In Part II of this series we’ll start putting together our application in Kepion. In this session, we’ll create a new application and configure its default settings. Then we’ll build all the Dimensions we outlined in our Architecture Document. And lastly, we’ll create Leveled Hierarchies on our Product and Entity Dimensions.
In Part II of this series we’ll start putting together our application in Kepion. As Dimensions are the basic building blocks of an Application, we’ll begin there.
In this session we’ll create a new application in Kepion and configure its default settings. Then we’ll build all the Dimensions we outlined in our Architecture Document. And lastly, we’ll create Leveled Hierarchies on our Product and Entity Dimensions, to help better organize them.
Let’s begin by opening the System Module in Kepion. This is the area where you can manage your Applications. Let’s click Add. This will generate a new Application Database. Give it the name Kepion Training – Revenue Planning.
Now let’s open the Application in the Modeler. The Modeler is where we can actually build, or model, an Application. In the navigation pane on the right, if we select Application, we can set an image or change the description of our application. In the Settings tab, we can set some defaults, like adding a color template, which will help keep our design consistent throughout the build, or changing the way numbers are formatted and displayed.
Now let’s start on the Dimensions. We can see the three system-defined Dimensions here: Account, Time, and Scenario.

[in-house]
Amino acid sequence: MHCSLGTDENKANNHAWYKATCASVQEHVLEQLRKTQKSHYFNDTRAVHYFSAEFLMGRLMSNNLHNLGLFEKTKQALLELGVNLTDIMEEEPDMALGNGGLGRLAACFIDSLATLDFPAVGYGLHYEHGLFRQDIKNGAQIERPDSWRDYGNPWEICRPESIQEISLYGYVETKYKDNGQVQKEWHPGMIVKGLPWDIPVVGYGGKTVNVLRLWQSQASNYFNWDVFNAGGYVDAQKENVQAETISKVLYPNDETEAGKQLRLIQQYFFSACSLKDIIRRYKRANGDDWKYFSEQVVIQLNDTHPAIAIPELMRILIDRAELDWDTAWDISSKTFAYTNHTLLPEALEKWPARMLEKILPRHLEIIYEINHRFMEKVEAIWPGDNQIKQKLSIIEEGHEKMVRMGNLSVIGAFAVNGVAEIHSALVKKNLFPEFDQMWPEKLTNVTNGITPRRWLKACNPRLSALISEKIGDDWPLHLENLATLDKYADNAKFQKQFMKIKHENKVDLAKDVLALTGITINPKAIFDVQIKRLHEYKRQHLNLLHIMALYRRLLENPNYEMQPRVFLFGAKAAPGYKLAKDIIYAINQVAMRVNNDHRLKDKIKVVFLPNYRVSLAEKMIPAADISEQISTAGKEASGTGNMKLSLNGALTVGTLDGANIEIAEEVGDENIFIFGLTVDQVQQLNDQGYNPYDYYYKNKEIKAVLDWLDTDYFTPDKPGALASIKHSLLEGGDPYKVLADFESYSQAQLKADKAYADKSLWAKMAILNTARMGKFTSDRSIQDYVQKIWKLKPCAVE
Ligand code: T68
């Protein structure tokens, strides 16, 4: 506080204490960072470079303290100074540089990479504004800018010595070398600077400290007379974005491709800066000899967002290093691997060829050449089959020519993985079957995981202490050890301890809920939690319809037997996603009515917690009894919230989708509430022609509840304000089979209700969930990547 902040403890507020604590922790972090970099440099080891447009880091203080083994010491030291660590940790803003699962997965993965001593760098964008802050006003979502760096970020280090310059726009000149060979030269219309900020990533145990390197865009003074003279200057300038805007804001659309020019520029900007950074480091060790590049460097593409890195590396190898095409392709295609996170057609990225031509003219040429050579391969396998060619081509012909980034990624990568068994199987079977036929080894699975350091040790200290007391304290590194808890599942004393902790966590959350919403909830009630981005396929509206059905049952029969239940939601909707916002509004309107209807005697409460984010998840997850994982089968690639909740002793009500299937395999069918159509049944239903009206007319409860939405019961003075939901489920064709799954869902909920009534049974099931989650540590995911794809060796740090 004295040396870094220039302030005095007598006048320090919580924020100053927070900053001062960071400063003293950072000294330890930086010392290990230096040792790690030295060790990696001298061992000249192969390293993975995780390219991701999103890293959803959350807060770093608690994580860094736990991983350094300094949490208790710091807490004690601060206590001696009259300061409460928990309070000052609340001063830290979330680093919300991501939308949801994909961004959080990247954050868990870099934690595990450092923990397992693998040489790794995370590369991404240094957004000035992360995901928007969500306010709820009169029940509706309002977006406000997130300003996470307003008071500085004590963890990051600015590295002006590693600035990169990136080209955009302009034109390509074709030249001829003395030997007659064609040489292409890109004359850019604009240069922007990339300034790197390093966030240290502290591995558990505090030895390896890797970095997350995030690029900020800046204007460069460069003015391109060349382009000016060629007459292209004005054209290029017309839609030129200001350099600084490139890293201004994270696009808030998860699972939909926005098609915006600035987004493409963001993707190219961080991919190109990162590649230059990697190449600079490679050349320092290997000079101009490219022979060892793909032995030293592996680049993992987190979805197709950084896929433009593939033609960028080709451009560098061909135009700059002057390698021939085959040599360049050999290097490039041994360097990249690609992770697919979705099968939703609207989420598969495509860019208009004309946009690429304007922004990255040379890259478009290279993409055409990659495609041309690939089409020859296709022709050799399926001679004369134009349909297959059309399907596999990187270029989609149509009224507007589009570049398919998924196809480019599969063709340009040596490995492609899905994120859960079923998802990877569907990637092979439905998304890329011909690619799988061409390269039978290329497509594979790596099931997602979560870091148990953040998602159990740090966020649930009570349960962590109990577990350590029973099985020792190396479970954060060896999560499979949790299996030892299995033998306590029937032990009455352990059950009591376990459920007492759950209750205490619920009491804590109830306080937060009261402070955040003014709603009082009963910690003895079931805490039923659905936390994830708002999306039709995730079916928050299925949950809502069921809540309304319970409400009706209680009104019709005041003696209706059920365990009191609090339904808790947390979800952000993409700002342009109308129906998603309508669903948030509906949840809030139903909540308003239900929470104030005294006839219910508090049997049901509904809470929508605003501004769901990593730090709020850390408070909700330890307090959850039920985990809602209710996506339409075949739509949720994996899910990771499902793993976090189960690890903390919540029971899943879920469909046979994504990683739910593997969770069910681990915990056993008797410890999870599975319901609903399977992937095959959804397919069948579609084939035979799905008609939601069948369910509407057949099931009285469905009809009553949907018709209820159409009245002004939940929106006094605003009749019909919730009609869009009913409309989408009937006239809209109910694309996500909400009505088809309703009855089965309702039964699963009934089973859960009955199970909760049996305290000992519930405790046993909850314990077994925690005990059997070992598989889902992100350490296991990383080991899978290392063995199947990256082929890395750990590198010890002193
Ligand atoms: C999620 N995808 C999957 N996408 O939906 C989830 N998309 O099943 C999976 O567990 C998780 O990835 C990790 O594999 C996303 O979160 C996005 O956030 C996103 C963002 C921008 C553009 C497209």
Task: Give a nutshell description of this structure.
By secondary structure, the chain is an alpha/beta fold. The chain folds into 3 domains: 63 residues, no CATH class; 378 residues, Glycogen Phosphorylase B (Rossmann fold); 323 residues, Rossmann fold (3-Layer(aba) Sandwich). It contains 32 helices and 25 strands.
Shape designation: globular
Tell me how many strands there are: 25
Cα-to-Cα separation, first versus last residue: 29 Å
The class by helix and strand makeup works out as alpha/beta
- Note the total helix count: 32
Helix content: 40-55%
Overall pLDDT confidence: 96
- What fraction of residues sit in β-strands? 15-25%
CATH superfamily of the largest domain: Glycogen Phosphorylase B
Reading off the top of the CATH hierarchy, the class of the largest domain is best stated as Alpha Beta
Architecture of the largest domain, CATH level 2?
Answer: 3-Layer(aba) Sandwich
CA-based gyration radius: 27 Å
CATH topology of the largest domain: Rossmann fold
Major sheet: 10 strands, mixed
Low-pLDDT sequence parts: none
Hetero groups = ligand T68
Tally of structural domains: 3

As we mentioned before, Kepion will automatically populate the Time Dimension.
Each Member List here is further organized into a Fiscal and Annual Calendar.
By default, both calendars start from January. The Fiscal Calendar, however, can be configured to start on a different month. For example, we can define Fiscal Year 2020 as starting on October 1st. Then if we go to any of the fiscal year Hierarchies, we can see that the definition has been updated.
Now let’s define the rest of the dimensions we need.
There are four ways to load data into a Dimension. We can enter the members directly through the UI, import from .csv files, write SQL queries to import from other databases, or create SSIS packages to import data from other source systems.
In the database, the tables that store the Dimension data are named D underscore the Dimension Name. Member Lists are named H underscore Dimension Name, Member List Name. For example, D_Account, or H_Time_Months. If we wanted, we could populate the Dimensions by writing directly to these tables.
However, for the Account Dimension, let’s import from a .csv file, so we can make use of the Spreadsheets we created earlier in our Architecture Document. First, we’ll go to the default Account Member List and then export a template. Then we can open the template, copy the data from our architecture document, and paste it into the csv file. Now let’s import that file back into the Account Dimension.
Now we can clearly see the structure of the parent-child Hierarchy, with P&L and Statistical Accounts as two root members.